Working in a busy emergency department, I see chronic exacerbations of preventable health conditions. Asthma, diabetes, hypertension-- one thing all of these have in common is their negative correlation to obesity and increase BMI (body mass index). I know this, I took prerequisite nutrition classes, took epidemiology, and yet sneak bites of chocolates and chips at the nurses's station. I know from physiology class that physical activity decreases insulin sensitivity and reduces cardiovascular risk, yet it's so easy to skip my workout and stay in bed all day watching movies on my day off. If only, I could get overcome inertia... Enter the old fashioned nursing care plan to treat my noncompliance of healthy lifestyle choices.
Noncompliance of healthy lifestyle choices related to stress level, desire for quick, tasty food, and exhaustion from grueling shifts.
Nurses will choose to take time to exercise, reduce stress, rest, and eat well-balanced meals.
[Practical] Nursing Interventions
Learn to say, "No," more often to help you manage workload and stress. Specifically, this is saying, "No," to over-time and swapping shift times more than is required by your job description. In the long run, Uncle Sam frequently takes more of your over-time than you do.
Find some time to exercise. Pick a favorite television show- the more light-hearted, the better for this. Example: reality shows, show-downs, and sitcoms... MOVE, MOVE, MOVE while you are watching. Do jumping jacks, hops, run in place, or even dance to music if something comes on. Incorporate sets of lunges, squats, push ups, leg lifts, crunches during the commercial breaks so you can be upright and attentive who is voted off during the show.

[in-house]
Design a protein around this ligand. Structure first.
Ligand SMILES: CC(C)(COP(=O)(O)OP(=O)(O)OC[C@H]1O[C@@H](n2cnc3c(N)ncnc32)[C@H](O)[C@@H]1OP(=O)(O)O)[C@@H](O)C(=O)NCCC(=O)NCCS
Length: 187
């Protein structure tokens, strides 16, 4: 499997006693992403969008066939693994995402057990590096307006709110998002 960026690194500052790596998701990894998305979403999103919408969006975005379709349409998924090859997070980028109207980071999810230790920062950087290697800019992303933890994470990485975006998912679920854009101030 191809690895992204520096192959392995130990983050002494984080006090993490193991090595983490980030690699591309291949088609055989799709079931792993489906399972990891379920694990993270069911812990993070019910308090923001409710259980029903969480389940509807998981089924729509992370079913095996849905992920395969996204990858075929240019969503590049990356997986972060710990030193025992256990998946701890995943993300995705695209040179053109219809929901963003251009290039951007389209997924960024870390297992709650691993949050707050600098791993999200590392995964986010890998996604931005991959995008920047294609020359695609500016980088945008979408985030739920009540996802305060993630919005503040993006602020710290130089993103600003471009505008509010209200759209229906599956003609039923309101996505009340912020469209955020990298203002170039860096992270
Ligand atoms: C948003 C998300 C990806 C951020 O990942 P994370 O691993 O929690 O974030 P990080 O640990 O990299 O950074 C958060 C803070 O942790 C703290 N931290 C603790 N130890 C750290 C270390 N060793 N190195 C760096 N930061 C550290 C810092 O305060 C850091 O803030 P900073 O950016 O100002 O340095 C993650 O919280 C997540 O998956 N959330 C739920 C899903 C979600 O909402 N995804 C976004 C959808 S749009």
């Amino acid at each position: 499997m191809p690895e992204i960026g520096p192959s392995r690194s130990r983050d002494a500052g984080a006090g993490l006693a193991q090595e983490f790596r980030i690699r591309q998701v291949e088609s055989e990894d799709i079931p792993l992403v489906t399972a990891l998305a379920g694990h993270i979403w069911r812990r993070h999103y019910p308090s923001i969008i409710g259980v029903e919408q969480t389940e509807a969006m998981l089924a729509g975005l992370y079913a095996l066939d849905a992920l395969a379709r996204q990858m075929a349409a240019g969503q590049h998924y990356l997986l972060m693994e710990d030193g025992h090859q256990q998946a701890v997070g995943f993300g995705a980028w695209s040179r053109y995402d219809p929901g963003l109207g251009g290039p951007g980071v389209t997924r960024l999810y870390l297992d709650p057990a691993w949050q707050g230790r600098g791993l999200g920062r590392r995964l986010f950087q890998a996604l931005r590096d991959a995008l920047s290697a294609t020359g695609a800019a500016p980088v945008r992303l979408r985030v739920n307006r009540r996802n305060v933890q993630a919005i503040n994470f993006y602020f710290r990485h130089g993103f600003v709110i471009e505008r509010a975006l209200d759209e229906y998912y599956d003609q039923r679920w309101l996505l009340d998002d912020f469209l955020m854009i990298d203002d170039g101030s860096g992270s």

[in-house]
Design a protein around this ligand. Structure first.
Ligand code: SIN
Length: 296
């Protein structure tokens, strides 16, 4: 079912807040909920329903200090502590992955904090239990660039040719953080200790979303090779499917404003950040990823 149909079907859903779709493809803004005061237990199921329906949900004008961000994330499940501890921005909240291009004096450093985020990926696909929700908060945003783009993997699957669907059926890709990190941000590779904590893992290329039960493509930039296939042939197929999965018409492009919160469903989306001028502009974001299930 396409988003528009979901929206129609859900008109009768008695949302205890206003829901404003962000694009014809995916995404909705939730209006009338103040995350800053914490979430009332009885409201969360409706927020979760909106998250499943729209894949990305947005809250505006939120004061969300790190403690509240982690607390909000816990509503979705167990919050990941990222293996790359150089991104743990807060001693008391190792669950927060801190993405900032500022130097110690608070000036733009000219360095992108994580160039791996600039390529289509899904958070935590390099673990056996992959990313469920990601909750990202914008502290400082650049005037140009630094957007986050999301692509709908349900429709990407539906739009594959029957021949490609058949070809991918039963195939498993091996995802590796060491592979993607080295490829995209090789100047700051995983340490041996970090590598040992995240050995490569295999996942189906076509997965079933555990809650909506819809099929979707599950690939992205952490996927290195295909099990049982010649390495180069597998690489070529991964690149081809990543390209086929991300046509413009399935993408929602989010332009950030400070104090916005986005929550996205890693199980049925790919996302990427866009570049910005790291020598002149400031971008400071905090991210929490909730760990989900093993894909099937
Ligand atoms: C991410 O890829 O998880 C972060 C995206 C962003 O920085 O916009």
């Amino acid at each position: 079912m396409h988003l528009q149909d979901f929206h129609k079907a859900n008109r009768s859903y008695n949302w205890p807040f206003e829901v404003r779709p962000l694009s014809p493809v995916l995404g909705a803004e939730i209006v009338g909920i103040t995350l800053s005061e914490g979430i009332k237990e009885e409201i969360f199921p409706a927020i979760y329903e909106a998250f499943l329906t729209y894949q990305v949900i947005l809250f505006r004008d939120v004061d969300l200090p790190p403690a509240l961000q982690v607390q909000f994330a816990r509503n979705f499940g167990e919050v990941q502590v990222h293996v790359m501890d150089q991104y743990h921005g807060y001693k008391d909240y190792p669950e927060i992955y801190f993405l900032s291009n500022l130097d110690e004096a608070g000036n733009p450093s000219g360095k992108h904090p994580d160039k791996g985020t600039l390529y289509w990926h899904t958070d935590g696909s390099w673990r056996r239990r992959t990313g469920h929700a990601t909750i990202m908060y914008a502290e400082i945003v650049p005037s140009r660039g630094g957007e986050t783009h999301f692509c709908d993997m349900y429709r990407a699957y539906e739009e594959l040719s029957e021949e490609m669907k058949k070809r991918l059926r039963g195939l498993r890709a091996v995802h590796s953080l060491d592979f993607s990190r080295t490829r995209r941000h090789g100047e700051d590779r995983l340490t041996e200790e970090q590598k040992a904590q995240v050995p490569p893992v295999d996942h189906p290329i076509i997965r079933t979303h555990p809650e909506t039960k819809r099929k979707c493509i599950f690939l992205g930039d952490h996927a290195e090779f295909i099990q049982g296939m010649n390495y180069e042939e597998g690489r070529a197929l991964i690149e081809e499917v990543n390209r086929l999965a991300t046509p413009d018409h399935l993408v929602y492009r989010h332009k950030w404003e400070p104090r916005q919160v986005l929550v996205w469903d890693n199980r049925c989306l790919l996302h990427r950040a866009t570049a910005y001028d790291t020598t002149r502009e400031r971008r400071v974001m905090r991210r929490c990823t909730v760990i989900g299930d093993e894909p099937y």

Make food shopping fun and fresh- go to the farmer's market. Too expensive? Open up your local grocery weekly advertisement and only buy what's on sale for produce. Chances are, it's usually what's in season now, which is generally the most fresh to eat.
If you don't have time to fully cook all meals, "put together" meals from the semi-prepared section at the market. It's generally still cheaper than eating out.
Aim to eat two servings of vegetables at lunch and dinner each. This can be done by adding a salad, vegetable based soup, or a side of raw vegetables for a snack in between meals. Have fruit as snacks and also as dessert.
If you have craving for "junk food", it's okay. Have a couple cookies for that day, and share the calories with the nurses' station across the floor or even another floor when you drop off a patient.
Take time to sleep- even if it means letting little things go undone. It makes you safer nurse and a sane human being.
I am getting 7-9 hours of sleep per night 5 out 7 days of the week.
I am eating a minimum of 3-4 servings of vegetables and 2-4 fruits daily.
I am moving for a minimum 30 minutes per day (excluding transporting at work).
I feel that I am actually excited to wear jeans and not hide behind scrub pants because they actually fit right.